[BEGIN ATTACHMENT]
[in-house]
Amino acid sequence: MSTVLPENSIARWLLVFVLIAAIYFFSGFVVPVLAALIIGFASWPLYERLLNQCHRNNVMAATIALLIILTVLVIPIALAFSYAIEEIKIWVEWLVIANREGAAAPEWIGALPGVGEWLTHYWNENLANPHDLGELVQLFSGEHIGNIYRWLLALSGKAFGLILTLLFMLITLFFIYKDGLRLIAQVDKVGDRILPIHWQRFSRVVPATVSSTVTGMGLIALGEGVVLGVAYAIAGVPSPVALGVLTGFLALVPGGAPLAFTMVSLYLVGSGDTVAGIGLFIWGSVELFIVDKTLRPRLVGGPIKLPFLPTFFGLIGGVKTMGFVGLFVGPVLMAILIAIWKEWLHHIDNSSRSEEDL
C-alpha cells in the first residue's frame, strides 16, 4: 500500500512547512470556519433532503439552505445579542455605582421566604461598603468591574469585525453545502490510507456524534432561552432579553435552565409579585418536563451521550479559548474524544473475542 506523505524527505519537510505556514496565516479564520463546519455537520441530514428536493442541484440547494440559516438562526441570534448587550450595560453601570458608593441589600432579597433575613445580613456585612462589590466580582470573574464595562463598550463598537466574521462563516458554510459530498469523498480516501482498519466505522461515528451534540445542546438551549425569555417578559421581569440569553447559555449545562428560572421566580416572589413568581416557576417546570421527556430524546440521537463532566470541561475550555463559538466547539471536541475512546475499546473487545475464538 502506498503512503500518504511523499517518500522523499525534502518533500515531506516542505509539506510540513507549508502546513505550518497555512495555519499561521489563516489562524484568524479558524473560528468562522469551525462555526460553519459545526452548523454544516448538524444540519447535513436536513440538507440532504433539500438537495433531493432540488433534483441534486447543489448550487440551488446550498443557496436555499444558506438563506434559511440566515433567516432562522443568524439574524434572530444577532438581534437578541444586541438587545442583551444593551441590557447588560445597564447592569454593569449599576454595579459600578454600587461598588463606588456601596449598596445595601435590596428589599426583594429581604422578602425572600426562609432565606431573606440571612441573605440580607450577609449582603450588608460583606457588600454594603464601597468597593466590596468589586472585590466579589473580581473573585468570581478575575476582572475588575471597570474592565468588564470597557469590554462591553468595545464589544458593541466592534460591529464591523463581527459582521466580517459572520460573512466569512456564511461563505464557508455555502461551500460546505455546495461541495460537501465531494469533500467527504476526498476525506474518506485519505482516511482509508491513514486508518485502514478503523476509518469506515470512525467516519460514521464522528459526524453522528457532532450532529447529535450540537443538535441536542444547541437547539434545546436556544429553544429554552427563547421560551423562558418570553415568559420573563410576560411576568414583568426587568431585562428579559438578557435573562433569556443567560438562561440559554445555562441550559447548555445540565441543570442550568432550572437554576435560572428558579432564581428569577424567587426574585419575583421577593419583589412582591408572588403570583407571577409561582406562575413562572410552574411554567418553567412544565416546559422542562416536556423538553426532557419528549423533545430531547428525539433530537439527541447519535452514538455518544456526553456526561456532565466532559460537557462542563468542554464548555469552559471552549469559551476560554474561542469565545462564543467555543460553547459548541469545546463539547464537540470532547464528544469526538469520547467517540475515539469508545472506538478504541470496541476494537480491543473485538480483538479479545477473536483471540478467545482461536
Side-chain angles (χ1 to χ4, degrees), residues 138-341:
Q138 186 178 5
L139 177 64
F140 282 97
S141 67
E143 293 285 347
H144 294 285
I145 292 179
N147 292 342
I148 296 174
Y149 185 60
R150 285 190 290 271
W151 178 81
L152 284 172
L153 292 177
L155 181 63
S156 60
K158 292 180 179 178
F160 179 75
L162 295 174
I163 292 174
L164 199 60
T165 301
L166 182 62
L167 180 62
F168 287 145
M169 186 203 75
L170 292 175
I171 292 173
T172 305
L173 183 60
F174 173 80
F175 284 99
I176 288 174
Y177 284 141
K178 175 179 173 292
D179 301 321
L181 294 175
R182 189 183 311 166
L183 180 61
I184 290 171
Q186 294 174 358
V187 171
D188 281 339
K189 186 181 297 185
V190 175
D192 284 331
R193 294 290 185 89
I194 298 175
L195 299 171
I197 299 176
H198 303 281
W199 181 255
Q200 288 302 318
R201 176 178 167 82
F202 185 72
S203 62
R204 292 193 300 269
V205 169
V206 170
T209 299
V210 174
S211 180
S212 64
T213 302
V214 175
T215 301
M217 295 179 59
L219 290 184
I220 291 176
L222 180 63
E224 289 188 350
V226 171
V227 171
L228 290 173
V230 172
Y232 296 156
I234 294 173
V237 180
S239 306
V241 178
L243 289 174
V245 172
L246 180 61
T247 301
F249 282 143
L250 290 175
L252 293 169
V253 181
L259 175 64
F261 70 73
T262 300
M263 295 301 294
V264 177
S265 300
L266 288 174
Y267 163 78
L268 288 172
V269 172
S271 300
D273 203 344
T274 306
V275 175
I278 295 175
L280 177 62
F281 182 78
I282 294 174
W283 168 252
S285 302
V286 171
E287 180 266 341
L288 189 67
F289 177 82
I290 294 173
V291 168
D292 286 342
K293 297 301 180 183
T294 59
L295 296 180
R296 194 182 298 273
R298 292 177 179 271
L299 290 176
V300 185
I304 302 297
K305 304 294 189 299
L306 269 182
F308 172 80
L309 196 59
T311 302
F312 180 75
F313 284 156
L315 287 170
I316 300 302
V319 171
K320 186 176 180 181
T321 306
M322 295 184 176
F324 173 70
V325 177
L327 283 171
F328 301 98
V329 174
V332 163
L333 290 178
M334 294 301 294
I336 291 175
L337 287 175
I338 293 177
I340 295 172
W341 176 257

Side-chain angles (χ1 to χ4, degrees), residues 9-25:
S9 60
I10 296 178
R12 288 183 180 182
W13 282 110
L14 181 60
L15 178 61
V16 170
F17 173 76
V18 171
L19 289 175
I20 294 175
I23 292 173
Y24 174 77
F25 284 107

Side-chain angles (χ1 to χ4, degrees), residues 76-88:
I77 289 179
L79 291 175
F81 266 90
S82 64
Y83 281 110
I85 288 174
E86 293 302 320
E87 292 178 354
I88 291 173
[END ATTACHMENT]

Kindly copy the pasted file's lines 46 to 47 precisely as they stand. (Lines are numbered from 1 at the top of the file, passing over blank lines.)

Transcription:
V187 171
D188 281 339